19Components of Strategy Increase awareness and interest among Ontario addictions service providers (Making Gains, CAMH in the Community events)Training strategy for providersAwareness and interest among funding bodies (Ministry of Health and Long-term Care; Local Health Integration Networks)Funding strategy
20Feeding the Strategy Comprehensive Literature Review Outcomes for clients who quit versus those who don’tClinical protocols (e.g. staged versus concurrent intervention)
21Feeding the Strategy Survey of Providers Determine which programs currently offer smoking cessationAdd info to the Connex database for consumer useBrief description of clinical services offeredProvides a baseline
22Field ConsultationInvitation sent to member agencies of Addictions Ontario & Ontario Federation of Community Mental Health and Addiction Programs34 people attended meeting held March 3, 2009Mostly addictions providers: front-line & mgtIdentify benefits, hurdles & solutions for clients, counsellors & programsEvaluation: almost all indices of satisfaction received either a 4 or 5 rating (5 pt. scale) by at least 80% of the group
23Benefits for Clients Improved health and quality of life Convenience of one program for all addiction needsSmoke-free environments reinforce attempts to quitA continuing nicotine addiction can trigger relapse to other drug useSmoking clients hear success stories from others who already quitExposure to additional insights and tools to conquer addictionSmoke-free programs reduce likelihood of young clients starting to smoke to ‘fit in’Eliminate triggers to smoke from counsellors who smoke
24Clients Hurdles Solutions Clients see smoking as a way to cope with anger, fear, stress & lonelinessBegin nicotine replacement; identify alternate strategies in treatmentSmoke breaks provide social bonding opportunities among clientsReplace with walks, exercise; not punitive; part of treatmentSmoking is more socially acceptable than use of other drugsEducation on the hidden perils of smoking and nicotine addictionSmoking counsellors may provide triggers for clients to smokeIdeally staff would be non-smokers; supported to quitContraband cigarettes cheaper than nicotine replacement productsExplore clients’ finances; even impact of cheap smokes can be highClients more motivated to deal with crisis issues in their livesReplace with healthy alternatives rather than smokeTobacco industry has promoted smoking as a lifestyle enhancerBuild lifestyle around more positive aspects, i.e. exercise, hobbies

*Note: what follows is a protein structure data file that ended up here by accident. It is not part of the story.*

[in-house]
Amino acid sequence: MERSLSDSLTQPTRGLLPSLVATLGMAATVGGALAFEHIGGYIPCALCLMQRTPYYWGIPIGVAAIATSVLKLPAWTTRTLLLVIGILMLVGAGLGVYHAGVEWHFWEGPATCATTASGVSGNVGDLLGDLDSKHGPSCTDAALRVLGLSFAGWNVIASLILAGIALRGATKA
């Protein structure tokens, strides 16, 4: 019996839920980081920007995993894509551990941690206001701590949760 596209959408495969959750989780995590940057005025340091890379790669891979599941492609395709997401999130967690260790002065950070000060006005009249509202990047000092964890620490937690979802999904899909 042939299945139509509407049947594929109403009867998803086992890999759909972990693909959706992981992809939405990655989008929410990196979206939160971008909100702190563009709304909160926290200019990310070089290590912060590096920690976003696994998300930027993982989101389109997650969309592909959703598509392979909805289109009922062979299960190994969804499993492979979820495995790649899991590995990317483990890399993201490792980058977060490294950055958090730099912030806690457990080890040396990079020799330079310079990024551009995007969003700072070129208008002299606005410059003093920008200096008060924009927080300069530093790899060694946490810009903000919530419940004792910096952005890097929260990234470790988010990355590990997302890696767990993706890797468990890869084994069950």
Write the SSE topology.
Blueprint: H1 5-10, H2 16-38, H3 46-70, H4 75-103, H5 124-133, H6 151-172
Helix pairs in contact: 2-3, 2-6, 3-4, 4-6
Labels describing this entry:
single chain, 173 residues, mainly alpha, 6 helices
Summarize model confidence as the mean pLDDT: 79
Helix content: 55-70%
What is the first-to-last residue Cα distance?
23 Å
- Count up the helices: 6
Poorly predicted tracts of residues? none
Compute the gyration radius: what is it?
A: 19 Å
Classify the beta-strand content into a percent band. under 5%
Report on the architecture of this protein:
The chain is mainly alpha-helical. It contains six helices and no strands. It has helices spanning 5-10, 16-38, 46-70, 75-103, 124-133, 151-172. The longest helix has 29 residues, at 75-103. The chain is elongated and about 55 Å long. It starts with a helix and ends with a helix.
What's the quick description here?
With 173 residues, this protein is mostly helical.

25Benefits for Counsellors Generic clinical skills apply to smoking cessationGain personal insight that may make them more effective in their workNicotine replacement is a powerful tool availableApply a clinical intervention that will save livesSmoking counsellors can quit; improve health
26Counsellors Hurdles Solutions Over-worked, so unable to offer smoking cessation groupsNo need to change program, use same principalsDon’t want to be ‘smoking police’Education - TEACH ProgramSome staff use cigarettes to reward client progressEducationClients may not self-identifyCounsellors need to identify the clients’ issues and work with itSmoking counsellors lose smoke-breaks; some resent pressure to quit
27Benefits for ProgramsEngagement in best practices for addictions treatmentSmoke-free property eliminates cigarette litter, exposure to shs, & incongruous sight of smokers in front of addiction treatment facilityNormalizes non-smoking; communicates a consistent professional health promotion messageEliminating smoke breaks keeps the focus on discussion and is cost-efficientEliminate risk related to clients going outside to smokeDecreased relapse rate should shorten wait lists
28Programs Hurdles Solutions Cost of training staff Have Champions cross trainGet educators on boardCost of nicotine replace. productsUse budget surplus to stockpile nrtSeparate funding required ?Business case re: long-term health savingsBelief that people quit on their ownEducation - TEACHTobacco not seen as an addictionEducationInitial decline in referrals; impact on LHIN funding ?Discuss with funders and educate the LHIN.Smoke-free treatment environment requires major culture and attitude shift among staffTEACH Program offers variety of treatment modalities; senior mgt. must be on board; research and advance planning; help existing smoking staff to quit; fill vacant positions with non-smokers; clear and enforce consequences for non-compliance
29Next StepsContinue to make our case with addictions service providers (Making Gains, CAMH in the Community events), and incorporate input into the overall strategyDevelop a training strategy for providersMake our case with funding bodies (Ministry of Health and Long-term Care; Local Health Integration Networks)Develop a funding strategy
30Key Messages Tobacco is Ontario’s major drug problem People entering addictions treatment want help to quit smokingVery few of them receive itClients, counsellors & programs can benefit from becoming smoke-free programs and offering smoking cessation servicesThere are challenging hurdles and proven solutions